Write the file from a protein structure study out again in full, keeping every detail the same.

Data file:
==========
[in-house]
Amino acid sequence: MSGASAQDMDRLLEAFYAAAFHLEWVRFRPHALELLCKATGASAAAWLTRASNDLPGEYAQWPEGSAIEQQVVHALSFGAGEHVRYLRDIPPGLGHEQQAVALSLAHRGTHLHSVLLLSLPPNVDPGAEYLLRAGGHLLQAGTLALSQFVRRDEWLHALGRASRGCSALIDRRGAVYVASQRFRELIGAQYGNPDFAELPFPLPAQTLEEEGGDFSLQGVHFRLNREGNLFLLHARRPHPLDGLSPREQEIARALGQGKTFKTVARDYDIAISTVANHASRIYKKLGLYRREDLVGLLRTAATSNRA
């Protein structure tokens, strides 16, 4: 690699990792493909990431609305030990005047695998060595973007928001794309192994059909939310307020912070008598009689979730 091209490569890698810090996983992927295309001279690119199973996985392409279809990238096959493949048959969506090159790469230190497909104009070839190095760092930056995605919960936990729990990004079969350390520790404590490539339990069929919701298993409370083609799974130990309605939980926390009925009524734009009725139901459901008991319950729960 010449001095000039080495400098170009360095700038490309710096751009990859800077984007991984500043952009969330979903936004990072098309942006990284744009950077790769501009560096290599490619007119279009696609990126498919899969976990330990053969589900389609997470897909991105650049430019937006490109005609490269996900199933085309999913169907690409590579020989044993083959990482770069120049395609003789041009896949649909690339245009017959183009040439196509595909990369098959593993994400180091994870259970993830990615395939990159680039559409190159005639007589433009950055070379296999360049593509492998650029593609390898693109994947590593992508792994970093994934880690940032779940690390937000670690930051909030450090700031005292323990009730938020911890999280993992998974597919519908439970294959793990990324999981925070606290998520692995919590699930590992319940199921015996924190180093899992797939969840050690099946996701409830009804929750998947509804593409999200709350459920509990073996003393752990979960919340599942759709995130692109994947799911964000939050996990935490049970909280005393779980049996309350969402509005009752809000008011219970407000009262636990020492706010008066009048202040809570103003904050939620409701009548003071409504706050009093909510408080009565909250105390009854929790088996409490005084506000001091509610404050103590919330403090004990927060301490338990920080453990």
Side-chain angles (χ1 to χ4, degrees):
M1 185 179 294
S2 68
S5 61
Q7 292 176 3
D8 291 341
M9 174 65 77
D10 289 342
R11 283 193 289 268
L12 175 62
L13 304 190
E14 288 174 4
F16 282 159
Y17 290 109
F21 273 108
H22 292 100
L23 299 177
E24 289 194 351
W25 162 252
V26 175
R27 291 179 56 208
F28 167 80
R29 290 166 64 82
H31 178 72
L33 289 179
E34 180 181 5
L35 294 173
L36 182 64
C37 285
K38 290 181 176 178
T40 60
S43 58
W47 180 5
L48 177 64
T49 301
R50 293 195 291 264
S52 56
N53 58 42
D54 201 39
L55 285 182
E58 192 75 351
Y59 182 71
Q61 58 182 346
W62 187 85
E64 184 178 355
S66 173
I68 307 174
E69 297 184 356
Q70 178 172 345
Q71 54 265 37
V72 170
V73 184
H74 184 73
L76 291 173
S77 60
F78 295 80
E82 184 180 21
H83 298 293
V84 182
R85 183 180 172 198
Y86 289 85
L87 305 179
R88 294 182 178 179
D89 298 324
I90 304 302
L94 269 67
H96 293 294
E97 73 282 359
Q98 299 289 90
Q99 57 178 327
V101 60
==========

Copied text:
[in-house]
Amino acid sequence: MSGASAQDMDRLLEAFYAAAFHLEWVRFRPHALELLCKATGASAAAWLTRASNDLPGEYAQWPEGSAIEQQVVHALSFGAGEHVRYLRDIPPGLGHEQQAVALSLAHRGTHLHSVLLLSLPPNVDPGAEYLLRAGGHLLQAGTLALSQFVRRDEWLHALGRASRGCSALIDRRGAVYVASQRFRELIGAQYGNPDFAELPFPLPAQTLEEEGGDFSLQGVHFRLNREGNLFLLHARRPHPLDGLSPREQEIARALGQGKTFKTVARDYDIAISTVANHASRIYKKLGLYRREDLVGLLRTAATSNRA
């Protein structure tokens, strides 16, 4: 690699990792493909990431609305030990005047695998060595973007928001794309192994059909939310307020912070008598009689979730 091209490569890698810090996983992927295309001279690119199973996985392409279809990238096959493949048959969506090159790469230190497909104009070839190095760092930056995605919960936990729990990004079969350390520790404590490539339990069929919701298993409370083609799974130990309605939980926390009925009524734009009725139901459901008991319950729960 010449001095000039080495400098170009360095700038490309710096751009990859800077984007991984500043952009969330979903936004990072098309942006990284744009950077790769501009560096290599490619007119279009696609990126498919899969976990330990053969589900389609997470897909991105650049430019937006490109005609490269996900199933085309999913169907690409590579020989044993083959990482770069120049395609003789041009896949649909690339245009017959183009040439196509595909990369098959593993994400180091994870259970993830990615395939990159680039559409190159005639007589433009950055070379296999360049593509492998650029593609390898693109994947590593992508792994970093994934880690940032779940690390937000670690930051909030450090700031005292323990009730938020911890999280993992998974597919519908439970294959793990990324999981925070606290998520692995919590699930590992319940199921015996924190180093899992797939969840050690099946996701409830009804929750998947509804593409999200709350459920509990073996003393752990979960919340599942759709995130692109994947799911964000939050996990935490049970909280005393779980049996309350969402509005009752809000008011219970407000009262636990020492706010008066009048202040809570103003904050939620409701009548003071409504706050009093909510408080009565909250105390009854929790088996409490005084506000001091509610404050103590919330403090004990927060301490338990920080453990």
Side-chain angles (χ1 to χ4, degrees):
M1 185 179 294
S2 68
S5 61
Q7 292 176 3
D8 291 341
M9 174 65 77
D10 289 342
R11 283 193 289 268
L12 175 62
L13 304 190
E14 288 174 4
F16 282 159
Y17 290 109
F21 273 108
H22 292 100
L23 299 177
E24 289 194 351
W25 162 252
V26 175
R27 291 179 56 208
F28 167 80
R29 290 166 64 82
H31 178 72
L33 289 179
E34 180 181 5
L35 294 173
L36 182 64
C37 285
K38 290 181 176 178
T40 60
S43 58
W47 180 5
L48 177 64
T49 301
R50 293 195 291 264
S52 56
N53 58 42
D54 201 39
L55 285 182
E58 192 75 351
Y59 182 71
Q61 58 182 346
W62 187 85
E64 184 178 355
S66 173
I68 307 174
E69 297 184 356
Q70 178 172 345
Q71 54 265 37
V72 170
V73 184
H74 184 73
L76 291 173
S77 60
F78 295 80
E82 184 180 21
H83 298 293
V84 182
R85 183 180 172 198
Y86 289 85
L87 305 179
R88 294 182 178 179
D89 298 324
I90 304 302
L94 269 67
H96 293 294
E97 73 282 359
Q98 299 289 90
Q99 57 178 327
V101 60